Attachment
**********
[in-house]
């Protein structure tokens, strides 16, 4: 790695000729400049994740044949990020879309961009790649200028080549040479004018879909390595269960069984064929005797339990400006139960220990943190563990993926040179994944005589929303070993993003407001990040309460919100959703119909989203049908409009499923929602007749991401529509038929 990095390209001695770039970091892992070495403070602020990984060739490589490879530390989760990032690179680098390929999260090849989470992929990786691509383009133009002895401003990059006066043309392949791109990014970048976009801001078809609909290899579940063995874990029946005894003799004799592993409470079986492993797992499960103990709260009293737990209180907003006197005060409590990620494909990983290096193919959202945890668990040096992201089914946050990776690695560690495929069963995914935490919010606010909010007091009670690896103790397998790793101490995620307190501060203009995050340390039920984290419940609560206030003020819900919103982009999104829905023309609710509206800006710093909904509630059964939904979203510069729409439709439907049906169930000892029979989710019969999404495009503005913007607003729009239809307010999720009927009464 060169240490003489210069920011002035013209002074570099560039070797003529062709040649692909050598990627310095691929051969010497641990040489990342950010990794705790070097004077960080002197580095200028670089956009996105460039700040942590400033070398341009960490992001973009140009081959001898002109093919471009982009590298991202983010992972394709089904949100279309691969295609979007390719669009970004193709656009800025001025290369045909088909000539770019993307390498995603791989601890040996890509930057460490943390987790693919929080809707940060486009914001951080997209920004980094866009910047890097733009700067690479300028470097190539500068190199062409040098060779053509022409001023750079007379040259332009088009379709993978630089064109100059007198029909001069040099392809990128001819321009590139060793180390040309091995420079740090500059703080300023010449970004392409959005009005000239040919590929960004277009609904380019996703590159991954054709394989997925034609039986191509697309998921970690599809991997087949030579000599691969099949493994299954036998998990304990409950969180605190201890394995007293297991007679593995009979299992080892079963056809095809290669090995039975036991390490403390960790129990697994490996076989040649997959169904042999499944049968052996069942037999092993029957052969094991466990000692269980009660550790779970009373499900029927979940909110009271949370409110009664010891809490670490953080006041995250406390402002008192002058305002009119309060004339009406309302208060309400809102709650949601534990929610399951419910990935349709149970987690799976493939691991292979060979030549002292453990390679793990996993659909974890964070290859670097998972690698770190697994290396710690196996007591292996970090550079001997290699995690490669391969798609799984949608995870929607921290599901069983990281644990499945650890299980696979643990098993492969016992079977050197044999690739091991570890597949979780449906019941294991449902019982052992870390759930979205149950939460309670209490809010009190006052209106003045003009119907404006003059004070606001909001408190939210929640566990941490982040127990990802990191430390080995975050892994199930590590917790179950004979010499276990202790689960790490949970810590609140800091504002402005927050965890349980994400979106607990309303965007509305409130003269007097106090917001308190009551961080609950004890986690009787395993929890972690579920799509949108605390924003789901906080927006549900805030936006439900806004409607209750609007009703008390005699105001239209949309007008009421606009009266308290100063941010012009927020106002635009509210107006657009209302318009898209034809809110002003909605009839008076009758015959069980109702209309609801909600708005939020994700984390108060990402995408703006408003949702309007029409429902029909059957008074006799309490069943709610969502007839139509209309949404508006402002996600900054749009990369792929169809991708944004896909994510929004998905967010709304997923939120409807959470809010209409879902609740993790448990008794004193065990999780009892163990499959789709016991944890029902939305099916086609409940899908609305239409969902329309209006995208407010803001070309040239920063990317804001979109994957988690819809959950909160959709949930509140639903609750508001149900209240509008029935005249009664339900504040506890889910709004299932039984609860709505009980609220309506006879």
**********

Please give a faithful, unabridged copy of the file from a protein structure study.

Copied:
[in-house]
């Protein structure tokens, strides 16, 4: 790695000729400049994740044949990020879309961009790649200028080549040479004018879909390595269960069984064929005797339990400006139960220990943190563990993926040179994944005589929303070993993003407001990040309460919100959703119909989203049908409009499923929602007749991401529509038929 990095390209001695770039970091892992070495403070602020990984060739490589490879530390989760990032690179680098390929999260090849989470992929990786691509383009133009002895401003990059006066043309392949791109990014970048976009801001078809609909290899579940063995874990029946005894003799004799592993409470079986492993797992499960103990709260009293737990209180907003006197005060409590990620494909990983290096193919959202945890668990040096992201089914946050990776690695560690495929069963995914935490919010606010909010007091009670690896103790397998790793101490995620307190501060203009995050340390039920984290419940609560206030003020819900919103982009999104829905023309609710509206800006710093909904509630059964939904979203510069729409439709439907049906169930000892029979989710019969999404495009503005913007607003729009239809307010999720009927009464 060169240490003489210069920011002035013209002074570099560039070797003529062709040649692909050598990627310095691929051969010497641990040489990342950010990794705790070097004077960080002197580095200028670089956009996105460039700040942590400033070398341009960490992001973009140009081959001898002109093919471009982009590298991202983010992972394709089904949100279309691969295609979007390719669009970004193709656009800025001025290369045909088909000539770019993307390498995603791989601890040996890509930057460490943390987790693919929080809707940060486009914001951080997209920004980094866009910047890097733009700067690479300028470097190539500068190199062409040098060779053509022409001023750079007379040259332009088009379709993978630089064109100059007198029909001069040099392809990128001819321009590139060793180390040309091995420079740090500059703080300023010449970004392409959005009005000239040919590929960004277009609904380019996703590159991954054709394989997925034609039986191509697309998921970690599809991997087949030579000599691969099949493994299954036998998990304990409950969180605190201890394995007293297991007679593995009979299992080892079963056809095809290669090995039975036991390490403390960790129990697994490996076989040649997959169904042999499944049968052996069942037999092993029957052969094991466990000692269980009660550790779970009373499900029927979940909110009271949370409110009664010891809490670490953080006041995250406390402002008192002058305002009119309060004339009406309302208060309400809102709650949601534990929610399951419910990935349709149970987690799976493939691991292979060979030549002292453990390679793990996993659909974890964070290859670097998972690698770190697994290396710690196996007591292996970090550079001997290699995690490669391969798609799984949608995870929607921290599901069983990281644990499945650890299980696979643990098993492969016992079977050197044999690739091991570890597949979780449906019941294991449902019982052992870390759930979205149950939460309670209490809010009190006052209106003045003009119907404006003059004070606001909001408190939210929640566990941490982040127990990802990191430390080995975050892994199930590590917790179950004979010499276990202790689960790490949970810590609140800091504002402005927050965890349980994400979106607990309303965007509305409130003269007097106090917001308190009551961080609950004890986690009787395993929890972690579920799509949108605390924003789901906080927006549900805030936006439900806004409607209750609007009703008390005699105001239209949309007008009421606009009266308290100063941010012009927020106002635009509210107006657009209302318009898209034809809110002003909605009839008076009758015959069980109702209309609801909600708005939020994700984390108060990402995408703006408003949702309007029409429902029909059957008074006799309490069943709610969502007839139509209309949404508006402002996600900054749009990369792929169809991708944004896909994510929004998905967010709304997923939120409807959470809010209409879902609740993790448990008794004193065990999780009892163990499959789709016991944890029902939305099916086609409940899908609305239409969902329309209006995208407010803001070309040239920063990317804001979109994957988690819809959950909160959709949930509140639903609750508001149900209240509008029935005249009664339900504040506890889910709004299932039984609860709505009980609220309506006879």